I assert that it is incredible the American Congress of 1776 could have meant their proposition to be taken in the Jacobin sense; for they were British Whigs. Their perpetual claim was to the principles and franchises of the British Constitution, and no other. Their politics were formed by the teachings of John Hampden, Lord Fairfax, Algernon Sidney, Lord Somers, and the revolutionists of 1688. I should be loath to suppose those great men so stupid and ignorant of the history of their own country as not to understand the British rights, which they expressly say they are claiming.
In contrast to Jacobin egalitarianism, Dabney saw hierarchy as essential to all of life, including to the familial, ecclesiastical, and civil spheres. He believed the Bible teaches that all humans are under an authority. Every child is born under the authority of his or her parents, and the husband is head of his wife in marriage. Both the Bible and the natural world teach that men and women have different roles in society, with God giving women the high calling of motherhood.
Yet, egalitarianism rejected these differing roles and advocated for women’s involvement in all spheres of life. The early feminist movement pushed for women to serve in roles traditionally reserved for men, including that of pastor. Dabney specifically attacked this practice in his essay, “The Public Preaching of Women,” writing:
[T]hese Scripture doctrines assume that there are orders of human beings naturally unequal in their inherited rights, as in their bodily and mental qualities; that God has not ordained any human being to this proud independence, but placed all in subordination under authority, the child under its mother, the mother under her husband, the husband under the ecclesiastical and civil magistrates, and these under the law, whose guardian and avenger is God himself.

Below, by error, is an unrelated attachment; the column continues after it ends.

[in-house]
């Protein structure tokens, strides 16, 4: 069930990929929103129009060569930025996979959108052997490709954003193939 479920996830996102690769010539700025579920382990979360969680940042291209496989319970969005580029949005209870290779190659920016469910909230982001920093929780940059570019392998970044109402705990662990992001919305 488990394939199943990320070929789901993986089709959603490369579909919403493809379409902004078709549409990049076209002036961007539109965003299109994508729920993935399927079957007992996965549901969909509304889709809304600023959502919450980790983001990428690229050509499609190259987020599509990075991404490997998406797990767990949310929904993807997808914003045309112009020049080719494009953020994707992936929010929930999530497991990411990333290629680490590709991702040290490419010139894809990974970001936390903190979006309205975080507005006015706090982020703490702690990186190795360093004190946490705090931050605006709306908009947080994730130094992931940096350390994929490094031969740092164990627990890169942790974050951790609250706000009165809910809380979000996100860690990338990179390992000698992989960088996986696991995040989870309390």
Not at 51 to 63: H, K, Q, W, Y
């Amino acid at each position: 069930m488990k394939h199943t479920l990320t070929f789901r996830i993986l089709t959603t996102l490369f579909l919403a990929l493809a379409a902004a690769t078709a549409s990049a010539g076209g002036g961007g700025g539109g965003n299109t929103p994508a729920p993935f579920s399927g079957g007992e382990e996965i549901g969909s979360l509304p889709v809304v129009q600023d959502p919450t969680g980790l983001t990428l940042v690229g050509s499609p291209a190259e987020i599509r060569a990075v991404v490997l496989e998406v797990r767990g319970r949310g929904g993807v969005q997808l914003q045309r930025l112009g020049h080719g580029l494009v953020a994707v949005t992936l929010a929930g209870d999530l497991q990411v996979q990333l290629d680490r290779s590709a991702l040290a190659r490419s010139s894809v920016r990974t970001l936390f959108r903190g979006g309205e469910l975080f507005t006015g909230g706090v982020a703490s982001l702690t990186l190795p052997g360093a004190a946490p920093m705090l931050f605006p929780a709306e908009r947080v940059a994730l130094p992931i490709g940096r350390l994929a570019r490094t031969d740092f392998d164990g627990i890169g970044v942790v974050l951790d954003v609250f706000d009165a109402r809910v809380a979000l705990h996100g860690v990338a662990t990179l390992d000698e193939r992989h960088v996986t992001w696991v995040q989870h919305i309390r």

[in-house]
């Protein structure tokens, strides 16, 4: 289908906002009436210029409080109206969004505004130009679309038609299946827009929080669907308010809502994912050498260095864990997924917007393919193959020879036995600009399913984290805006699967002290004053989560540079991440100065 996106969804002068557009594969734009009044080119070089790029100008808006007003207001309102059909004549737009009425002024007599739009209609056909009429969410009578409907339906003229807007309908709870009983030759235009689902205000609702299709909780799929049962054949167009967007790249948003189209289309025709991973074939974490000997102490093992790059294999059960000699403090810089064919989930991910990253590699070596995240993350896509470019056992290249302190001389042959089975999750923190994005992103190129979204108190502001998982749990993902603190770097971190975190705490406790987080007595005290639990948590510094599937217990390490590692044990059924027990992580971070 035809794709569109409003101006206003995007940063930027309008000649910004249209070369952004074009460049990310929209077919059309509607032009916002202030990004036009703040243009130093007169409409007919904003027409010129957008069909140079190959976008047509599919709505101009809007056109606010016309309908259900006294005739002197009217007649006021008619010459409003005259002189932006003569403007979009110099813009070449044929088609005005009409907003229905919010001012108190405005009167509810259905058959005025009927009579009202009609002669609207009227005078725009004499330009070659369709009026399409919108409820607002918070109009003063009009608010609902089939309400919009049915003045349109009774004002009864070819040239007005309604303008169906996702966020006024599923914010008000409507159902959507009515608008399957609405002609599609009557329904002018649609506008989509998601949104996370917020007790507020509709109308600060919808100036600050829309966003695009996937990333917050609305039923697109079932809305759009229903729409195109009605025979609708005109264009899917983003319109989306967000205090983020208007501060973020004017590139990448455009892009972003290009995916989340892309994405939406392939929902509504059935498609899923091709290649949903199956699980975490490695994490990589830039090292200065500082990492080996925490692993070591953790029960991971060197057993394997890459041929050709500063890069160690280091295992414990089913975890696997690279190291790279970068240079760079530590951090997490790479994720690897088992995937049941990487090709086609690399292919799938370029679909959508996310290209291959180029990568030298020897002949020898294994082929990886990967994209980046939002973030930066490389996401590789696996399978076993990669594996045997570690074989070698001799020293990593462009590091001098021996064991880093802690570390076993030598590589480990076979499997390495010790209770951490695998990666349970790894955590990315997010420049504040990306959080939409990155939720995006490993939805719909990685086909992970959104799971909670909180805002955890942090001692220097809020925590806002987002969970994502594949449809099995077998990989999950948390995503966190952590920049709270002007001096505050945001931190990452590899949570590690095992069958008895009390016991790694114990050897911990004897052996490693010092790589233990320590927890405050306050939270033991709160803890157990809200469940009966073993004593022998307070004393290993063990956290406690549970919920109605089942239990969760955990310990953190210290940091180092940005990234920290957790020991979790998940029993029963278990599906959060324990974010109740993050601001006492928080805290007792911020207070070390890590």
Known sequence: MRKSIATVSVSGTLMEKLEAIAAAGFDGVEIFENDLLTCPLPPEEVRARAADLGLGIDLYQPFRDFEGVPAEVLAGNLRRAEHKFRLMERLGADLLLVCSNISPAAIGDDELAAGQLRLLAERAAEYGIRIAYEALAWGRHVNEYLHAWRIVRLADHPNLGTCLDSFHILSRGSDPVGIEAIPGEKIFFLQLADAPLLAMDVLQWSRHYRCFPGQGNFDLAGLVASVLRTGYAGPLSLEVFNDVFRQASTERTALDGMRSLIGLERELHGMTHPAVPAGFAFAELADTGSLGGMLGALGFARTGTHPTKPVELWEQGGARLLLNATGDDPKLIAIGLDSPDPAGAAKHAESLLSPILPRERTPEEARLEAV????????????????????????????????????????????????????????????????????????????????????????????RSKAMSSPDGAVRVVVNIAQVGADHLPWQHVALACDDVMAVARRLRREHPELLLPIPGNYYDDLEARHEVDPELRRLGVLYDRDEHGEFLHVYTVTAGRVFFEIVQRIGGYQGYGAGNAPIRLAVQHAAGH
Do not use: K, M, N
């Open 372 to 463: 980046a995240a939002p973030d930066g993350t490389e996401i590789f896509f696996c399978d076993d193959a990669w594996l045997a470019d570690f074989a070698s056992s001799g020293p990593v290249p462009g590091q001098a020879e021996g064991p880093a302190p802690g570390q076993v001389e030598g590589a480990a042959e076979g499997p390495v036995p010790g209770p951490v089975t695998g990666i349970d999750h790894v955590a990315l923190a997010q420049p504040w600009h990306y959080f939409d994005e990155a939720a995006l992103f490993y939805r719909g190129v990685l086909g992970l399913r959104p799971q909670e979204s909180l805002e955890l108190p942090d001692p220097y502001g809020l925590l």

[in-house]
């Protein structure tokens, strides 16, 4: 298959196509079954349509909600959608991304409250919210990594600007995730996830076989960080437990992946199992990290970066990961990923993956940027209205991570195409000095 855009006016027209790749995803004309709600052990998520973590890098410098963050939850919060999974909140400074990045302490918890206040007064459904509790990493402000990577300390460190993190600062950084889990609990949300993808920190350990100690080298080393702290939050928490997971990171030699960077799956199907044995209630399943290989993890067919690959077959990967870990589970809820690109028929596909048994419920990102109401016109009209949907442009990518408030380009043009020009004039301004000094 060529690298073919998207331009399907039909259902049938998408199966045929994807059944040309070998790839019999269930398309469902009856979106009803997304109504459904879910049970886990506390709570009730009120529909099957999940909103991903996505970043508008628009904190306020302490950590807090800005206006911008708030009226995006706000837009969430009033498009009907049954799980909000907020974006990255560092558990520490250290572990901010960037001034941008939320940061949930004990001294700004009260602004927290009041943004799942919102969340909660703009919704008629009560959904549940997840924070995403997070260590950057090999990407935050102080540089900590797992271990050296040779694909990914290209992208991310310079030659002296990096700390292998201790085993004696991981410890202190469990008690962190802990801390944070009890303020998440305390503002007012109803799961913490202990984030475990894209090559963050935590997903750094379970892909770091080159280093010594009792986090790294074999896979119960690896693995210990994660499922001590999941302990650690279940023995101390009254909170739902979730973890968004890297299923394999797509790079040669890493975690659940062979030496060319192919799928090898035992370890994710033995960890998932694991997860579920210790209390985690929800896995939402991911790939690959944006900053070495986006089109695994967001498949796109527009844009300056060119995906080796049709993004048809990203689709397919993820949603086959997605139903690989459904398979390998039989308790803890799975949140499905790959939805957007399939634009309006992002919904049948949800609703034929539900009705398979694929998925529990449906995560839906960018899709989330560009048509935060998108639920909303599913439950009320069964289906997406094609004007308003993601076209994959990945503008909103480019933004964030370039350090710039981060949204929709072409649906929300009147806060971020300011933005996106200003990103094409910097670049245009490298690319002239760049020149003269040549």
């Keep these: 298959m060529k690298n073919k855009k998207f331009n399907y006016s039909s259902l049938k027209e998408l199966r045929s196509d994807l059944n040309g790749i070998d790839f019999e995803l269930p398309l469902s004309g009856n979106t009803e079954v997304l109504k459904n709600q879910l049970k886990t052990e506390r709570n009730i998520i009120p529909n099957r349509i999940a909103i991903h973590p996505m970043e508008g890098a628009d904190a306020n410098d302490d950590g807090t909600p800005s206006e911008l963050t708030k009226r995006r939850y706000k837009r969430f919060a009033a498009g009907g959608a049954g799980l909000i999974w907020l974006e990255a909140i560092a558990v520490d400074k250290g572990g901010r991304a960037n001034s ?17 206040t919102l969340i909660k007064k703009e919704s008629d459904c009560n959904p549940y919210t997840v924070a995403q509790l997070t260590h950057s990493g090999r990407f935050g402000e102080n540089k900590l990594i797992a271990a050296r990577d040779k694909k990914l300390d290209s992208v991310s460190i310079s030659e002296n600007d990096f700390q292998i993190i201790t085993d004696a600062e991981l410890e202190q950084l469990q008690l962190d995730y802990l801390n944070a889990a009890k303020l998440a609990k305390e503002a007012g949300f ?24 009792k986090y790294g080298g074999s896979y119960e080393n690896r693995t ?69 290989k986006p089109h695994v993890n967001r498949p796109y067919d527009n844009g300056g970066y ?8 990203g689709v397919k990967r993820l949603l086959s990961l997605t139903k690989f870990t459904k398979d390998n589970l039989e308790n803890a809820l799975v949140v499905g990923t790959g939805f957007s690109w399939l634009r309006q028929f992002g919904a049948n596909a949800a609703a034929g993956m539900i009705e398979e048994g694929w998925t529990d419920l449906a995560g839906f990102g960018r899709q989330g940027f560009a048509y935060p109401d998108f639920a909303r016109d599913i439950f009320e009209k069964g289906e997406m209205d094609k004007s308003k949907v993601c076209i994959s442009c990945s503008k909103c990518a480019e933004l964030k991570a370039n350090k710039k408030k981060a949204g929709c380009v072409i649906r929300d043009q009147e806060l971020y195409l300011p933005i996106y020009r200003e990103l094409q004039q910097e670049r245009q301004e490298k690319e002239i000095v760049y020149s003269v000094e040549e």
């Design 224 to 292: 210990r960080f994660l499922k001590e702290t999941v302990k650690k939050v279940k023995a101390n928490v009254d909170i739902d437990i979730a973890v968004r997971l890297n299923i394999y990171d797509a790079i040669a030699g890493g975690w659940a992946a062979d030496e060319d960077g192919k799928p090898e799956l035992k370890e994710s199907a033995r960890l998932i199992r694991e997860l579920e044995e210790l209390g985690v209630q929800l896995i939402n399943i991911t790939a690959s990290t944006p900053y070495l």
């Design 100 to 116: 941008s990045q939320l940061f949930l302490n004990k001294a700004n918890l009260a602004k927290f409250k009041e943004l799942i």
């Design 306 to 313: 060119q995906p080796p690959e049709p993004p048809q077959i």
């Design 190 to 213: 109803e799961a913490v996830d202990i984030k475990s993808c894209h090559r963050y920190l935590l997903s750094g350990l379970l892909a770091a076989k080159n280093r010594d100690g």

In Dabney’s view, hierarchy is also fundamental to the civil sphere. Everyone is born under government authority, and in the early American system, the right to vote was limited. Dabney opposed the movement pushing for women’s suffrage on the basis that wives were under the authority of their husbands. He knew women’s suffrage was just the beginning of rebellion against the old order, and he believed the movement would undermine the unity of marriage and the headship of the husband. In overthrowing Christian hierarchy and biblical gender roles, Dabney predicted that women would lose both their place of honor in society and the protection that Christianity had given them. The movement for women’s rights would be destructive towards women, the family unit, and society as a whole. “When America has had a generation of women who were politicians, instead of mothers, how fundamental must be the destruction of society, and how distant and difficult must be the remedy!”, he wrote in an 1867 book.
Though he wrote the following 133 years ago, Dabney seemed to have a nearly perfect vision of where the new egalitarian spirit was headed:
If the Jacobin theory be true, then woman must be allowed access to every male avocation, including government, and war if she wishes it, to suffrage, to every political office, to as absolute freedom from her husband in the marriage relation as she enjoyed before her union to him, and to as absolute control of her own property and earnings as that claimed by the single gentleman, as against her own husband.